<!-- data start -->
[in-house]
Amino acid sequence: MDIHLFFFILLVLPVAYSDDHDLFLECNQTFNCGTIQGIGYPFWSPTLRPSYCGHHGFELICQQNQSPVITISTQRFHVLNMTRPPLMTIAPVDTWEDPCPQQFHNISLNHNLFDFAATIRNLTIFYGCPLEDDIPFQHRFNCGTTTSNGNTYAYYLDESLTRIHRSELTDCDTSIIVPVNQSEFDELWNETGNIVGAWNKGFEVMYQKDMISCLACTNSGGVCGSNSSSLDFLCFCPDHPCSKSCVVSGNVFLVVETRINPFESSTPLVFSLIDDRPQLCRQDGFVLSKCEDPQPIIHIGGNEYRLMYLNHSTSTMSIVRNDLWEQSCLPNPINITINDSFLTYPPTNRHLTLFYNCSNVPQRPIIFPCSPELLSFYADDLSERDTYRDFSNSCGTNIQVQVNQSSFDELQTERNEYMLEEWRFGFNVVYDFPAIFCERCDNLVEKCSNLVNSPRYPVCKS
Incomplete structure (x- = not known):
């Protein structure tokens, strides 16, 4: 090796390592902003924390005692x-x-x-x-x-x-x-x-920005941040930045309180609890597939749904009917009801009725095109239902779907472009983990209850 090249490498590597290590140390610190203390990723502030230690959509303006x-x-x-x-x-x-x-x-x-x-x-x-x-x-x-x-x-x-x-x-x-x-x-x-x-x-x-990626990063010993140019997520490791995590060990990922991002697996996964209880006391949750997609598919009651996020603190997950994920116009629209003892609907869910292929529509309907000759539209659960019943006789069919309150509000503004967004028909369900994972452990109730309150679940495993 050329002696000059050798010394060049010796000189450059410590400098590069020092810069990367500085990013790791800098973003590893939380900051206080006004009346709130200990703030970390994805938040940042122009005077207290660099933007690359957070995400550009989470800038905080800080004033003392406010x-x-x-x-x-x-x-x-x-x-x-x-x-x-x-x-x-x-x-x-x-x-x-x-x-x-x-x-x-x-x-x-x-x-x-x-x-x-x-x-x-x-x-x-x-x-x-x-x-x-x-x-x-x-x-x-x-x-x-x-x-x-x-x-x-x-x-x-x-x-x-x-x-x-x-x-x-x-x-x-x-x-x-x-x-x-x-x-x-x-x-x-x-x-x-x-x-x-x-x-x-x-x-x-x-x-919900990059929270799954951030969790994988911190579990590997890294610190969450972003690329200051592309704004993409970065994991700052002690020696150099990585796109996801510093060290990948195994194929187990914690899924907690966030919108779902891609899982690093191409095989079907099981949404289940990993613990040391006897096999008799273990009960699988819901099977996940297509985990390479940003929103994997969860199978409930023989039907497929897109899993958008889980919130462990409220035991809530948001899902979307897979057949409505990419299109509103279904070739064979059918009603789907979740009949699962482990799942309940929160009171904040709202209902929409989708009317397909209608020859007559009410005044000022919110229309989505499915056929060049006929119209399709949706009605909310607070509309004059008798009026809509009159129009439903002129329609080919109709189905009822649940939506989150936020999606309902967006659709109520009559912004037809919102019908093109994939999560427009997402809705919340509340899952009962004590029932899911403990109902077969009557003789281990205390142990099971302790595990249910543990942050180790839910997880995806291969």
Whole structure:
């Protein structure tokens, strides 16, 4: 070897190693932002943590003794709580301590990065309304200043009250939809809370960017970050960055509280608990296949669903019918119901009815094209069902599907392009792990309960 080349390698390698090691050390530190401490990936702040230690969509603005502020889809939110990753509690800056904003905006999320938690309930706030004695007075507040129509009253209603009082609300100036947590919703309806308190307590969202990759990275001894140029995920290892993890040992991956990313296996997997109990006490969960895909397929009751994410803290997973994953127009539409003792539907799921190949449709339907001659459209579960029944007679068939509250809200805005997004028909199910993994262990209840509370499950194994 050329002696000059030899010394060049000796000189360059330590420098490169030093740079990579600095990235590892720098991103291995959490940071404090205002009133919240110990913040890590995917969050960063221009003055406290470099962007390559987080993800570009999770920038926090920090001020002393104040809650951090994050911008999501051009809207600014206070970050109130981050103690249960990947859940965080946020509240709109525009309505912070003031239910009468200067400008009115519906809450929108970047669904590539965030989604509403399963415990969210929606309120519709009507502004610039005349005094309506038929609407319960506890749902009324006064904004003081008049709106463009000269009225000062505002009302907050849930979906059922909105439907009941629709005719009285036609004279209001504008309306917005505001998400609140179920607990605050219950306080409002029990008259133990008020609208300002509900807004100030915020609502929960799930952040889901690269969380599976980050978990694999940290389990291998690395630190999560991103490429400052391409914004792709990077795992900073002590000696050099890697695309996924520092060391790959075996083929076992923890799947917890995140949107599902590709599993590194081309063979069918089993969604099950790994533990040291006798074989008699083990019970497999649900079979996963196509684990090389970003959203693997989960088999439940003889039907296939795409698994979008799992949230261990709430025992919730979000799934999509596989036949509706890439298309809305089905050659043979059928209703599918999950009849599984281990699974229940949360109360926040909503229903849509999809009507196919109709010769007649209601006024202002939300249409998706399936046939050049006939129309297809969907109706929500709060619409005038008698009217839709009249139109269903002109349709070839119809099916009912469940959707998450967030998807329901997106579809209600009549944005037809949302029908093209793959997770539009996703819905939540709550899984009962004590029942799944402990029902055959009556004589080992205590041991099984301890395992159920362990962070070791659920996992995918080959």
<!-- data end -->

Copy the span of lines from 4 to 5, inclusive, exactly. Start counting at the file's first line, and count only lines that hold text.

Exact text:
């Protein structure tokens, strides 16, 4: 090796390592902003924390005692x-x-x-x-x-x-x-x-920005941040930045309180609890597939749904009917009801009725095109239902779907472009983990209850 090249490498590597290590140390610190203390990723502030230690959509303006x-x-x-x-x-x-x-x-x-x-x-x-x-x-x-x-x-x-x-x-x-x-x-x-x-x-x-990626990063010993140019997520490791995590060990990922991002697996996964209880006391949750997609598919009651996020603190997950994920116009629209003892609907869910292929529509309907000759539209659960019943006789069919309150509000503004967004028909369900994972452990109730309150679940495993 050329002696000059050798010394060049010796000189450059410590400098590069020092810069990367500085990013790791800098973003590893939380900051206080006004009346709130200990703030970390994805938040940042122009005077207290660099933007690359957070995400550009989470800038905080800080004033003392406010x-x-x-x-x-x-x-x-x-x-x-x-x-x-x-x-x-x-x-x-x-x-x-x-x-x-x-x-x-x-x-x-x-x-x-x-x-x-x-x-x-x-x-x-x-x-x-x-x-x-x-x-x-x-x-x-x-x-x-x-x-x-x-x-x-x-x-x-x-x-x-x-x-x-x-x-x-x-x-x-x-x-x-x-x-x-x-x-x-x-x-x-x-x-x-x-x-x-x-x-x-x-x-x-x-x-919900990059929270799954951030969790994988911190579990590997890294610190969450972003690329200051592309704004993409970065994991700052002690020696150099990585796109996801510093060290990948195994194929187990914690899924907690966030919108779902891609899982690093191409095989079907099981949404289940990993613990040391006897096999008799273990009960699988819901099977996940297509985990390479940003929103994997969860199978409930023989039907497929897109899993958008889980919130462990409220035991809530948001899902979307897979057949409505990419299109509103279904070739064979059918009603789907979740009949699962482990799942309940929160009171904040709202209902929409989708009317397909209608020859007559009410005044000022919110229309989505499915056929060049006929119209399709949706009605909310607070509309004059008798009026809509009159129009439903002129329609080919109709189905009822649940939506989150936020999606309902967006659709109520009559912004037809919102019908093109994939999560427009997402809705919340509340899952009962004590029932899911403990109902077969009557003789281990205390142990099971302790595990249910543990942050180790839910997880995806291969």
Whole structure: